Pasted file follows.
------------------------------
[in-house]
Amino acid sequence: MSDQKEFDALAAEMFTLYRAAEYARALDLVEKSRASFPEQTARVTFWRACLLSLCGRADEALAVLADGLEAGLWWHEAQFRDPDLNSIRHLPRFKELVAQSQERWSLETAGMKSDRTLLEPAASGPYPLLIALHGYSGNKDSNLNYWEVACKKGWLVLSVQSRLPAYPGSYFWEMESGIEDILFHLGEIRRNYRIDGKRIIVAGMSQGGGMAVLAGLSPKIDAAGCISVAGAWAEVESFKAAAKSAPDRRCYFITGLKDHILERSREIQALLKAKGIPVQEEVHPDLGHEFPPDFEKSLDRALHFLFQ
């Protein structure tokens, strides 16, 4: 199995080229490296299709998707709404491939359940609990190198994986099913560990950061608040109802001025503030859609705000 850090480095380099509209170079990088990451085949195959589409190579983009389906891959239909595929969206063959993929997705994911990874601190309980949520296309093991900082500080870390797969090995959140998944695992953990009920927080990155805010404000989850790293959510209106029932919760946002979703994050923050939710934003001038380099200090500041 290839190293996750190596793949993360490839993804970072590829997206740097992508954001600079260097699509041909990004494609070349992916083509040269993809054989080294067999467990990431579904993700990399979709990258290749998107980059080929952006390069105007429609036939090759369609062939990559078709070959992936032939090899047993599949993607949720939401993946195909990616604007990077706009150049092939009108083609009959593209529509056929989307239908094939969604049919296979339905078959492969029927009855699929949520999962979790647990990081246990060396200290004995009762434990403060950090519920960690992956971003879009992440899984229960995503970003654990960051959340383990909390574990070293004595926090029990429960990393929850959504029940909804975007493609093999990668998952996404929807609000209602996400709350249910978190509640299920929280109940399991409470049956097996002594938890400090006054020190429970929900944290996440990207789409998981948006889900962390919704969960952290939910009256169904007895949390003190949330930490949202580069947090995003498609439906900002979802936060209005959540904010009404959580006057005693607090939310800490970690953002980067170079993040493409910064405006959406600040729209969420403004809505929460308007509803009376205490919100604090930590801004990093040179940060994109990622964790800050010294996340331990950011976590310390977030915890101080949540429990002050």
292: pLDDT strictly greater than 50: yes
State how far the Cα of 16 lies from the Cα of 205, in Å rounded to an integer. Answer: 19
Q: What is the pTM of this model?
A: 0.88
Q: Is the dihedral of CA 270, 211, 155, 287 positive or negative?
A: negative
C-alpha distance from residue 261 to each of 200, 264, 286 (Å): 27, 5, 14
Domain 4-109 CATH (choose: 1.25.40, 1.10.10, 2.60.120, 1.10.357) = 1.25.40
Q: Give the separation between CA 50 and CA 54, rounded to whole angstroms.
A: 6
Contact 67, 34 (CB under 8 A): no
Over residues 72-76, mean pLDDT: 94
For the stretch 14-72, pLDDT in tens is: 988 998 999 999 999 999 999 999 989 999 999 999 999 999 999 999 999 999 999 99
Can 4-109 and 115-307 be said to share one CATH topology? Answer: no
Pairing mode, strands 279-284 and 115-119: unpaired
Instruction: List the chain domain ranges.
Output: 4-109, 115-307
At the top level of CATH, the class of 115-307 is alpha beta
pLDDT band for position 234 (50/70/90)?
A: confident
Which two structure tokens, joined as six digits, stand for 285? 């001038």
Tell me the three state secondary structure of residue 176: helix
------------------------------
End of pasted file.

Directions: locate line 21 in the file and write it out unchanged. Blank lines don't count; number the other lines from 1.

At the top level of CATH, the class of 115-307 is alpha beta